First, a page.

The Victoria Cross
The Victoria Cross is the highest honour which can be received for conduct in action. It was instituted in 1865 by Queen Victoria at the end of the Crimean War. At that time, awards for gallantry could only be made to officers and normally to those within the commander-in-chief's staff. While the Distinguished Conduct Medal had been instituted to allow for recognition of non-commissioned officers and privates, the need for an award open to all, regardless of rank, was recognized by Queen Victoria. In 1855, the Duke of Newcastle wrote that "it does not seem to me right or politic that such deeds of heroism as the war has produced should go unrewarded by a distinctive mark of honour because they are done by privates or officers below the rank of major." The final words in the Royal Warrant specified that the medal was to be awarded "to those officers or men who have served Us in the presence of the Enemy and shall then have performed some signal act of valour or devotion to their country."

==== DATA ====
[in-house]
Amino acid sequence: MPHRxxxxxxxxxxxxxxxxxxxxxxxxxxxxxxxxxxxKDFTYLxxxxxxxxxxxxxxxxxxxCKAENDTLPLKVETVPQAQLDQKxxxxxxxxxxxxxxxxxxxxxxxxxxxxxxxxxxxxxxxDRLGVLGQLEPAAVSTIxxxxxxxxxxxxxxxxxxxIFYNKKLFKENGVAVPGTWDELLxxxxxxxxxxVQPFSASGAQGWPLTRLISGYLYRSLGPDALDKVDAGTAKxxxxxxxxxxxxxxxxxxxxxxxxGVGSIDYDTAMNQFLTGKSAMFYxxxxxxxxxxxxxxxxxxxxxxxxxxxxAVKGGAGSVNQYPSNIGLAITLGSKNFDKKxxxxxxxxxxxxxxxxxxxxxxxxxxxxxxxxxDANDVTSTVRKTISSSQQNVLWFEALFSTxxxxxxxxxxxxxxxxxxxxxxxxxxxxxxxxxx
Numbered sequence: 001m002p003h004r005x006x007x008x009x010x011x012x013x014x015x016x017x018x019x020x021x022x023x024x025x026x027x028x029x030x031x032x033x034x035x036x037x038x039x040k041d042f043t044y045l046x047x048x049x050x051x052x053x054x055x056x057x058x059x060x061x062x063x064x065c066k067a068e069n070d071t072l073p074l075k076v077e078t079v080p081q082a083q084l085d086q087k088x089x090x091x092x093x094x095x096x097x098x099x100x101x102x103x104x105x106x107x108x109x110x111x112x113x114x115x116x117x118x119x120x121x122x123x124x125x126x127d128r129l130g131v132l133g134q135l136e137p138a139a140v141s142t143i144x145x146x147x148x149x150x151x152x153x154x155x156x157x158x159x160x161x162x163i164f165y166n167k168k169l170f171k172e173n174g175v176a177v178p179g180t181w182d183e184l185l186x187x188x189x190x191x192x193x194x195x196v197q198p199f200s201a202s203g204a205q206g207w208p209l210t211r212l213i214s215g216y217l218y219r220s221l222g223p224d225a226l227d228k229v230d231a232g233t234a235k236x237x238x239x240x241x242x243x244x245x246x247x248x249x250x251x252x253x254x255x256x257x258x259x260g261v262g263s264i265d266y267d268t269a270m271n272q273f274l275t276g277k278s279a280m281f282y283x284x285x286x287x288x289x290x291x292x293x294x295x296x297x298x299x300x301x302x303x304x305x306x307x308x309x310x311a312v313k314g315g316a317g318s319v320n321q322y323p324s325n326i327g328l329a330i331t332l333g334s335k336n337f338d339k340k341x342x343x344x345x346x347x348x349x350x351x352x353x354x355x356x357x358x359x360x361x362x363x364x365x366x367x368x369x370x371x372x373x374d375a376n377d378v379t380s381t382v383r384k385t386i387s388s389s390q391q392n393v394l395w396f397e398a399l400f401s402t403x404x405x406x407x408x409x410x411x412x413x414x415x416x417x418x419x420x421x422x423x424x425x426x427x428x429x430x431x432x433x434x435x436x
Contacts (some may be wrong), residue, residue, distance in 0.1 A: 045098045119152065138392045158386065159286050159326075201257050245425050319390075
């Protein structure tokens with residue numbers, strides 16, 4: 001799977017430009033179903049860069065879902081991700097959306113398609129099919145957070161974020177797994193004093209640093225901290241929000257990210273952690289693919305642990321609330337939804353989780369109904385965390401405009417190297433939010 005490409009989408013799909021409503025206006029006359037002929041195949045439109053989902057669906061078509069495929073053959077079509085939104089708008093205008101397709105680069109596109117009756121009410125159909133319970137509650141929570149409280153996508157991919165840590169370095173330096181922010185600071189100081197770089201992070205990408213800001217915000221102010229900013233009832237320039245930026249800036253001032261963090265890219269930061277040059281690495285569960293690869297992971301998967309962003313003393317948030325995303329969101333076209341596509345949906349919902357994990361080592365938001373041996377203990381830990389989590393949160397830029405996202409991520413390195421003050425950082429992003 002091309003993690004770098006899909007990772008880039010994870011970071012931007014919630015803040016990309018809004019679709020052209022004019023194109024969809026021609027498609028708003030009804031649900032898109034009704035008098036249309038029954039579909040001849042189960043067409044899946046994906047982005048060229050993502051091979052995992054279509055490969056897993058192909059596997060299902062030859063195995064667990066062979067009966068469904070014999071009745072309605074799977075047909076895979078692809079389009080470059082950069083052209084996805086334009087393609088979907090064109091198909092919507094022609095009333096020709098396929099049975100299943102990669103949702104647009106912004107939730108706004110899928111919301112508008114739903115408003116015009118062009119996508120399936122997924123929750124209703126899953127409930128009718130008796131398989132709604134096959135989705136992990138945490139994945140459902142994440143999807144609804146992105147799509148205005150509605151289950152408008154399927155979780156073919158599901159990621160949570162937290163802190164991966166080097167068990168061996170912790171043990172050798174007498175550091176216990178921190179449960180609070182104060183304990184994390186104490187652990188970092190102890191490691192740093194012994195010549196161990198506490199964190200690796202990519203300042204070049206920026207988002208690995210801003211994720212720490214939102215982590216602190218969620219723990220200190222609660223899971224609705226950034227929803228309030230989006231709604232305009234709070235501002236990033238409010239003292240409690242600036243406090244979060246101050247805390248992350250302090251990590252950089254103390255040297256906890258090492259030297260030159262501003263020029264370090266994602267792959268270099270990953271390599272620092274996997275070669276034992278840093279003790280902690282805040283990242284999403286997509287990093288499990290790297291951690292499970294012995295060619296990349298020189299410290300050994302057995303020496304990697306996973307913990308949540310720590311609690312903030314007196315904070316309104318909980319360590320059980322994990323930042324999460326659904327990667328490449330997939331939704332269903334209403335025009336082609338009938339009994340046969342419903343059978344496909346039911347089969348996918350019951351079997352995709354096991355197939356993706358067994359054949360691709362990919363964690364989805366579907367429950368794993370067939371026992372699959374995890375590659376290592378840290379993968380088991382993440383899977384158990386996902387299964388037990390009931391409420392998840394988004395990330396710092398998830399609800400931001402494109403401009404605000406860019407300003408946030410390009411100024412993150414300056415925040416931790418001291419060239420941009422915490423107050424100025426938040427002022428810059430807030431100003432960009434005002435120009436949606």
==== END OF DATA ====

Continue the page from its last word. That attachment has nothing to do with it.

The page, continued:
The Victoria Cross is a bronze cross patée, one-and-a-half inches across, with a lion statant gardant on the Royal Crown on the obverse side. Below the Crown are the words "FOR VALOUR." The original medals were cast from bronze obtained from two eighteen-pounder Russian guns captured in the Crimea.
In 1867, the award of the decoration was extended to officers and men of the Colonial Forces. In 1902, King Edward declared that, for soldiers or sailors killed before receiving their medal, the Victoria Cross would be sent to their relatives.
Prior to the Second World War, sixty-six Canadian soldiers and sailors had received the Victoria Cross, twenty-two of these posthumously.